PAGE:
Are you ready to administer marijuana?

29 May

Mat Keller headshot

By Mathew Keller RN JD, Regulatory and Policy Nursing Specialist

With Minnesota’s medical cannabis law set to take effect on July 1, Minnesota nurses will likely be asked to administer medical marijuana in the hospital setting.  But are you ready to do so?  Here’s what you need to know about the new law.

  • Patients will not receive a medical marijuana “prescription” from a physician or APRN. Instead, a patient’s provider will certify that the patient has a medical condition that qualifies for medical cannabis use.  The patient will then need to register with the Minnesota Department of Health in order to be eligible to utilize the medication.
  • Patients will not be able to pick up medical cannabis from the local pharmacy. There are eight locations in the state that are licensed to dispense medical marijuana.
  • Patients will not be able to smoke their medical cannabis.  Raw leaf, flowers, and edibles are not allowed under the Minnesota law: only pills, oils, and liquids are allowed.
  • Your facility may ask you to administer medical cannabis. Each facility will surely have its own policy and procedure on patients who are admitted and bring their own medical cannabis.  It is possible that your facility may ask the patient to turn the medications over to the hospital pharmacy, which would then ask you to administer the medical cannabis.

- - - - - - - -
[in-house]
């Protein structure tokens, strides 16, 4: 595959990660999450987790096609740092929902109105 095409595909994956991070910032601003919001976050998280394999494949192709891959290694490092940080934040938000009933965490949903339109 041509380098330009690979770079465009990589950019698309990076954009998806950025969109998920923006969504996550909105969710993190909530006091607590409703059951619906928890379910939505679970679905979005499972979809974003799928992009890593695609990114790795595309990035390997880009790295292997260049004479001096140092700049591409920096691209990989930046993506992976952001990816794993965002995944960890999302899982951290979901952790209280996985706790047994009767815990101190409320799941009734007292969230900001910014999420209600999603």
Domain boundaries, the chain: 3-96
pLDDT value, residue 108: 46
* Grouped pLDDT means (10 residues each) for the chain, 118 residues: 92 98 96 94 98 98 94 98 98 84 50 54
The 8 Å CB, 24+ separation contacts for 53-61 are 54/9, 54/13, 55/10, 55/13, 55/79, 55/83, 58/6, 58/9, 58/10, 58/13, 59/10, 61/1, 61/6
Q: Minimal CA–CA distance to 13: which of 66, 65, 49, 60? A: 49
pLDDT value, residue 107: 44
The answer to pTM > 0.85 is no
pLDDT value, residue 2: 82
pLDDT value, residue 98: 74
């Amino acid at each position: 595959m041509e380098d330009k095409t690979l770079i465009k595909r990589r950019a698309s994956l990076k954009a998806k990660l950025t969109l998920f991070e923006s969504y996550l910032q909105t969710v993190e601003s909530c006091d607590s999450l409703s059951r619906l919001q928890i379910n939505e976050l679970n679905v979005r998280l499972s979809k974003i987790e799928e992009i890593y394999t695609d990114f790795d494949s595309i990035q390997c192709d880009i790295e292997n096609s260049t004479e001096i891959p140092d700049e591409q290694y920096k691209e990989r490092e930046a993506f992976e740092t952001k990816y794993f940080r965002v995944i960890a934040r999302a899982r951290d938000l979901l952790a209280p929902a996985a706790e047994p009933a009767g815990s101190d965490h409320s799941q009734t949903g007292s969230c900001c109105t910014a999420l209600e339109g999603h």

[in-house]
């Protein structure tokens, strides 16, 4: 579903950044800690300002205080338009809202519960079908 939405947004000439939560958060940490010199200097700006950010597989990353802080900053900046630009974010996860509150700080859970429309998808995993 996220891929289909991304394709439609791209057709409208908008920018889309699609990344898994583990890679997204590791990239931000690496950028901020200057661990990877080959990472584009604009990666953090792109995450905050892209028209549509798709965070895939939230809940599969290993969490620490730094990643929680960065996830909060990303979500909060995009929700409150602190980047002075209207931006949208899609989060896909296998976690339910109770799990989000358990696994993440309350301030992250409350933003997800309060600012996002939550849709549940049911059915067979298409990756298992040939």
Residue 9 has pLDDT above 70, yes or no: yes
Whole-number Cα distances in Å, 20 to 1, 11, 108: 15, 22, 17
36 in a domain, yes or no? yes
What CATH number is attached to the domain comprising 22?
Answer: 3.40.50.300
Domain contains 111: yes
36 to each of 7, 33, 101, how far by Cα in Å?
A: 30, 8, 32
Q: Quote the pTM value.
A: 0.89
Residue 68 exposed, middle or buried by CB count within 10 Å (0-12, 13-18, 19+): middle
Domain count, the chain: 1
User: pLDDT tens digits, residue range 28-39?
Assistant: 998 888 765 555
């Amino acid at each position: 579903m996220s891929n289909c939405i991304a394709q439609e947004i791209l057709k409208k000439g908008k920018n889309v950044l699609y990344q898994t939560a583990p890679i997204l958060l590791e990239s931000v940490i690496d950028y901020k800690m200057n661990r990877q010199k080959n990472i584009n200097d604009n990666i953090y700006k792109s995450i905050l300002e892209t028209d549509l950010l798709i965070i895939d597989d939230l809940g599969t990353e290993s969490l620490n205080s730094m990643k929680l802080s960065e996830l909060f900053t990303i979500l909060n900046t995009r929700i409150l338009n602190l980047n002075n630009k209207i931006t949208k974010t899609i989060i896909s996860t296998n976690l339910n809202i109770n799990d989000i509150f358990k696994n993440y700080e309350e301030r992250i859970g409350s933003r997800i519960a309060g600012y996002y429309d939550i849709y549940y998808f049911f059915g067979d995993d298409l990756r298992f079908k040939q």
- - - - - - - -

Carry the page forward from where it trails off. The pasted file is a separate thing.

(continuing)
• You and  your facility are protected under state law while administering or providing care to someone who is taking medical cannabis.  Minnesota recently passed an amendment to the medical cannabis law.  Per the MN Department of Health:

    The amendment extends protections and immunities to employees of health care facilities to possess medical cannabis while carrying out their employment duties. These protections include providing care or distributing medical cannabis to a patient on the Minnesota medical cannabis patient registry who is actively receiving treatment or care at the facility. The amendment also allows health care facilities to reasonably restrict the use of medical cannabis by patients. For example, the facility may choose not [to] store or maintain a patient’s supply of medical cannabis or that use of medical cannabis may be limited to a specific location.

  • Federal law still prohibits the distribution and use of medical cannabis. Under federal law, medical cannabis remains a Schedule I drug.  Given state law protections, however, the potential liability and level of concern for individual nurses who are asked to administer medical cannabis per hospital policy should be low.

 

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